It was reported this week that the case against Julian Assange is set to expire after reaching the 5-year statute of limitations. The case against him was tied to unfounded rape allegations brought by Swedish prosecutors, who have failed to gather enough evidence against him in the past 5 years to formally charge him with a crime.
The accusations came in 2012 during the height of the Wikileaks controversy and Assange has always denied the claims, stating that they were a smear tactic and an attempt to get him into custody so he could be extradited to the US for his role in exposing government secrets.
Since the scandal began, Assange sought asylum in the Ecuadorian embassy in London, where he has been trapped since 2012. One of the charges against him will still stand, and will not expire until 2020, but Assange has said that even if the charges are dropped fully, he will remain in the embassy because he still fears that the American government will be after him regardless.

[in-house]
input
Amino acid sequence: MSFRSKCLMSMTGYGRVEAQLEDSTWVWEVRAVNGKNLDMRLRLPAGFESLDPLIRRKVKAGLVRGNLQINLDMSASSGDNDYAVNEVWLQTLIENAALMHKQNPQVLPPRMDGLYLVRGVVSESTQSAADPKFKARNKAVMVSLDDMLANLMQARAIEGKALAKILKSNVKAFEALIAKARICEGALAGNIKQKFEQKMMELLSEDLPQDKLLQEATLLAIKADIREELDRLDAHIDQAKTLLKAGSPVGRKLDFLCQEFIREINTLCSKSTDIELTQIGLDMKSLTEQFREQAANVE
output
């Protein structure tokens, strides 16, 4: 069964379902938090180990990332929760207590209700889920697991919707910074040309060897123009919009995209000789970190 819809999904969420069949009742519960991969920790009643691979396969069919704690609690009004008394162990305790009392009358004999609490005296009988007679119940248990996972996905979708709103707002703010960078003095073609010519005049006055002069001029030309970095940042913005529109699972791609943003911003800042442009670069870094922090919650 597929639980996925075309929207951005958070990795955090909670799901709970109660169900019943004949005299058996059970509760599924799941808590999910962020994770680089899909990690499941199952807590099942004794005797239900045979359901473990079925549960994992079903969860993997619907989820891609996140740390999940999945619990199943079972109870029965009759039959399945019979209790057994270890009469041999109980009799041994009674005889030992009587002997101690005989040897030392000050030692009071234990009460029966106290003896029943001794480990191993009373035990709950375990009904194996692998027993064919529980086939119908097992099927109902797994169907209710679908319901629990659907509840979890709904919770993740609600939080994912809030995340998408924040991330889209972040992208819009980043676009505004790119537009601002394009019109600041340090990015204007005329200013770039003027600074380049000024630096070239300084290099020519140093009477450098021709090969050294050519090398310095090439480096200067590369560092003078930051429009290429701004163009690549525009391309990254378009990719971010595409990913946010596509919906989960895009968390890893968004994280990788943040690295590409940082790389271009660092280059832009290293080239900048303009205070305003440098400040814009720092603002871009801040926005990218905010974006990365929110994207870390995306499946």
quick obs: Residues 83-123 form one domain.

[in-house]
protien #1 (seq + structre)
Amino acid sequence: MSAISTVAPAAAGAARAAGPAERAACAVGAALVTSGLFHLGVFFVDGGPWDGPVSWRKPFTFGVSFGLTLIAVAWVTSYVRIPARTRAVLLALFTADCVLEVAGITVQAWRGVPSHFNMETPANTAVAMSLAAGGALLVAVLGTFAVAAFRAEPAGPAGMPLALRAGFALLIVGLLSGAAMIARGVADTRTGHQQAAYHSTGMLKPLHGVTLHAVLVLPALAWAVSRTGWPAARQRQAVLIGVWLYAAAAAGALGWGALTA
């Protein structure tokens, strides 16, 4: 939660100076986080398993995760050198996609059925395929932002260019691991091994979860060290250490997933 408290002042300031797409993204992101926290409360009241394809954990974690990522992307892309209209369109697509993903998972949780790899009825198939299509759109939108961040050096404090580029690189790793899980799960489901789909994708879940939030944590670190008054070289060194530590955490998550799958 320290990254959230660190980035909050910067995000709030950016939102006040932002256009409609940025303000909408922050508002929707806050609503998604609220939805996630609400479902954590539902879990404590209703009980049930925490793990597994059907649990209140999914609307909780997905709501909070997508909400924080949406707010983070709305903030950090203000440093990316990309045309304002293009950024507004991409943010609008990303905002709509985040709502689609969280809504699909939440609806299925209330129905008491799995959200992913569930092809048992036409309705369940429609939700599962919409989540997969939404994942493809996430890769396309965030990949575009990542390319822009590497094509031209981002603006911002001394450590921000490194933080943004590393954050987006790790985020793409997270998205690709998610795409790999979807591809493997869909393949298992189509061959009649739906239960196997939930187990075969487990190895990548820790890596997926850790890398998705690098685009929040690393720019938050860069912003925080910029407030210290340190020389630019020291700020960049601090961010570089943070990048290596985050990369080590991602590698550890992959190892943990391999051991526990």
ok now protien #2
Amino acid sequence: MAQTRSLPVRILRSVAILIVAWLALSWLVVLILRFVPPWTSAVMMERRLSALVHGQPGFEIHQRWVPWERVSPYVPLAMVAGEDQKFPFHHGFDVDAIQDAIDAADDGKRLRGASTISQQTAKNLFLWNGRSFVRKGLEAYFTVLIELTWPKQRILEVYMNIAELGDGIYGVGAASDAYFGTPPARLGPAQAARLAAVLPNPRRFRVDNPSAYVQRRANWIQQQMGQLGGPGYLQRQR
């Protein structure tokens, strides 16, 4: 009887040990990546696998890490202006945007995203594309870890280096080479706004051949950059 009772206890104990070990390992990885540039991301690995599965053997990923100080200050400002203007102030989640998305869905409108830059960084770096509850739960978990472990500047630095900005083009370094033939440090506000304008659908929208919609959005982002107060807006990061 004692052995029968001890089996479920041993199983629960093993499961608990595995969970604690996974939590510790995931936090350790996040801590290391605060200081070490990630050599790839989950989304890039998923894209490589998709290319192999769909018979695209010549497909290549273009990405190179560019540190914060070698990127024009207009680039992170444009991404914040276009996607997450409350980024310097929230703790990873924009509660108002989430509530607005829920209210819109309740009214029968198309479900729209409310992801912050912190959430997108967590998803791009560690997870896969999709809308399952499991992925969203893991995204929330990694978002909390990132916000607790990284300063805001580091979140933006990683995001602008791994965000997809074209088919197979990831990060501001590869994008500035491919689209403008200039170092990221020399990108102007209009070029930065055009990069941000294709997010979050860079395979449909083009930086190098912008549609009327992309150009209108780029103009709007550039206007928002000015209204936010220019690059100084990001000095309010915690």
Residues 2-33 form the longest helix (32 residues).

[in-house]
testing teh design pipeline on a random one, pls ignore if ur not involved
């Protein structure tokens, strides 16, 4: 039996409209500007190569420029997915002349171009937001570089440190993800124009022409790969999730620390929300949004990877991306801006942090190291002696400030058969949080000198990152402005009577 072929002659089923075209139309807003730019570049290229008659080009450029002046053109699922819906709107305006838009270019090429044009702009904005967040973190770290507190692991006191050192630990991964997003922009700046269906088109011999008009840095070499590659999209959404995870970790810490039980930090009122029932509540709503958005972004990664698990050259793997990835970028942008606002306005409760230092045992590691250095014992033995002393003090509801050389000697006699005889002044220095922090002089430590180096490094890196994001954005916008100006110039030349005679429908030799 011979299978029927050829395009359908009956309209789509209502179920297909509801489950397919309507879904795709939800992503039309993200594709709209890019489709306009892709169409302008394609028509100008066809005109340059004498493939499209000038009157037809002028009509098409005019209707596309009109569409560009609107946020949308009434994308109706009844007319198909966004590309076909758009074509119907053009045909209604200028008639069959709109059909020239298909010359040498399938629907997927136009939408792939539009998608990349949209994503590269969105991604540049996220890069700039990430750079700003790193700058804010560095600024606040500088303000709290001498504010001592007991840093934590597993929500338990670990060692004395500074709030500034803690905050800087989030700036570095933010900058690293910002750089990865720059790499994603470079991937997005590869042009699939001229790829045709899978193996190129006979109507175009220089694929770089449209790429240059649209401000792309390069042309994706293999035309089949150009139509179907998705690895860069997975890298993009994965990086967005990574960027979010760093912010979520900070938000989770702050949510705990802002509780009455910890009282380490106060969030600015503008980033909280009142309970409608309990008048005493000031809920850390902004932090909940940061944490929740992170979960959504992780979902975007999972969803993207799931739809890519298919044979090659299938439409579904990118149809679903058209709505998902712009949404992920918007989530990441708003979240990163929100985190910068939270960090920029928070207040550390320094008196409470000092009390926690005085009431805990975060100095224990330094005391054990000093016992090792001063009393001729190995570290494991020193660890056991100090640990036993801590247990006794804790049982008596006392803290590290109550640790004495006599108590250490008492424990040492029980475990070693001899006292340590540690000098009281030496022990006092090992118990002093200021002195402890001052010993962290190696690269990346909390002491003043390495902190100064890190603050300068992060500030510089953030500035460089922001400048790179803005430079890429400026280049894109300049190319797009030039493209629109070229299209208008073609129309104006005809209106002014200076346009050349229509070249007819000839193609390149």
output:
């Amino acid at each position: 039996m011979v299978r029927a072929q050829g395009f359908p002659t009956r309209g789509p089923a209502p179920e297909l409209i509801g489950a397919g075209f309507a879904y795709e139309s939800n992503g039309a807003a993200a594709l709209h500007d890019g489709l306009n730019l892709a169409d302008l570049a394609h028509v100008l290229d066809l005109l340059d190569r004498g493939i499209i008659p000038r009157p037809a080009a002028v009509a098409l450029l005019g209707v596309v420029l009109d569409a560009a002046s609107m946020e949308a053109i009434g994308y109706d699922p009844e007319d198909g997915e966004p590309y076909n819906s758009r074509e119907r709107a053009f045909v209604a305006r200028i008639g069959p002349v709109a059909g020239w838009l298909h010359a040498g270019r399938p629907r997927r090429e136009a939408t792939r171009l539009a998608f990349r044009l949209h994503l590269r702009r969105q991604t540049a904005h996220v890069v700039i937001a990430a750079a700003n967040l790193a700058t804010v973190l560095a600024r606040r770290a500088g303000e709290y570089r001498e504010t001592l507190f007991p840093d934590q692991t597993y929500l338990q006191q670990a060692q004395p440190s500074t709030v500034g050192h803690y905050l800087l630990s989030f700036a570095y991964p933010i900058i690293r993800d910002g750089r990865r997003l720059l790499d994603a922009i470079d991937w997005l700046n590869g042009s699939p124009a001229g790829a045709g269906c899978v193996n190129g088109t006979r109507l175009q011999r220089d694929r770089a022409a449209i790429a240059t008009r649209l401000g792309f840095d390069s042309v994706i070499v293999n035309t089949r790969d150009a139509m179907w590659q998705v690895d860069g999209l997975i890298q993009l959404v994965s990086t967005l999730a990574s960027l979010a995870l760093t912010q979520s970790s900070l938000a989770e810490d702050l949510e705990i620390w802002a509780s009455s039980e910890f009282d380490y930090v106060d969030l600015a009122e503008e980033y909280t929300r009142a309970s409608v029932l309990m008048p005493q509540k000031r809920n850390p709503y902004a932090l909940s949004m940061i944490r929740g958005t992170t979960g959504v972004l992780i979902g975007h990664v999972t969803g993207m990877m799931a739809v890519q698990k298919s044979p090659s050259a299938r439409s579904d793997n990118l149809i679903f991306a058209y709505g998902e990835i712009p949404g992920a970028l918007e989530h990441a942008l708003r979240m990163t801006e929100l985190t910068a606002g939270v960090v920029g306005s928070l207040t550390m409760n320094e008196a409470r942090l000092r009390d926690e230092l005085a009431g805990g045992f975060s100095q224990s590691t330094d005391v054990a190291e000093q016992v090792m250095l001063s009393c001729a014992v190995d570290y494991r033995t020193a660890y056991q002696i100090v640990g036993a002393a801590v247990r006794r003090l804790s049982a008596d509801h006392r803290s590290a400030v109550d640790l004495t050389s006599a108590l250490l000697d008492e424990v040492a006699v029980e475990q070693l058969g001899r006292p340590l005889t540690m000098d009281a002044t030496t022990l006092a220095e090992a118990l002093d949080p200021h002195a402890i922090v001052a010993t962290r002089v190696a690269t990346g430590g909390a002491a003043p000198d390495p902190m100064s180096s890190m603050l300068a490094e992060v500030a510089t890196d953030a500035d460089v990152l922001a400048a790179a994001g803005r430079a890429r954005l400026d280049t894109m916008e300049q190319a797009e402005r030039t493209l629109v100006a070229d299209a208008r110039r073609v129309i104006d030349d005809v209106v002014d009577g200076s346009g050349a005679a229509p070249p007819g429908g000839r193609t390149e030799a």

“Our position is that the investigation should have been shut down earlier because there wasn’t enough evidence to keep it going,” Thomas Olsson, an attorney for Assange, told the BBC.
“It’s regrettable that it’s gone on for this long. We are convinced that as soon as he has the opportunity to give his version of the circumstances, there’ll be no need to continue the investigation,” he added.
Authorities in the UK are still pushing for his extradition, and have maintained a constant guard over the embassy, which has cost the UK taxpayers nearly $20 million over the past three years.
“We are clear that our laws must be followed and Mr Assange should be extradited. As ever, we look to Ecuador to help bring this difficult, and costly, situation to an end,” an official with the UK government told the BBC.
John Vibes writes for True Activist and is an author, researcher and investigative journalist who takes a special interest in the counter culture and the drug war.
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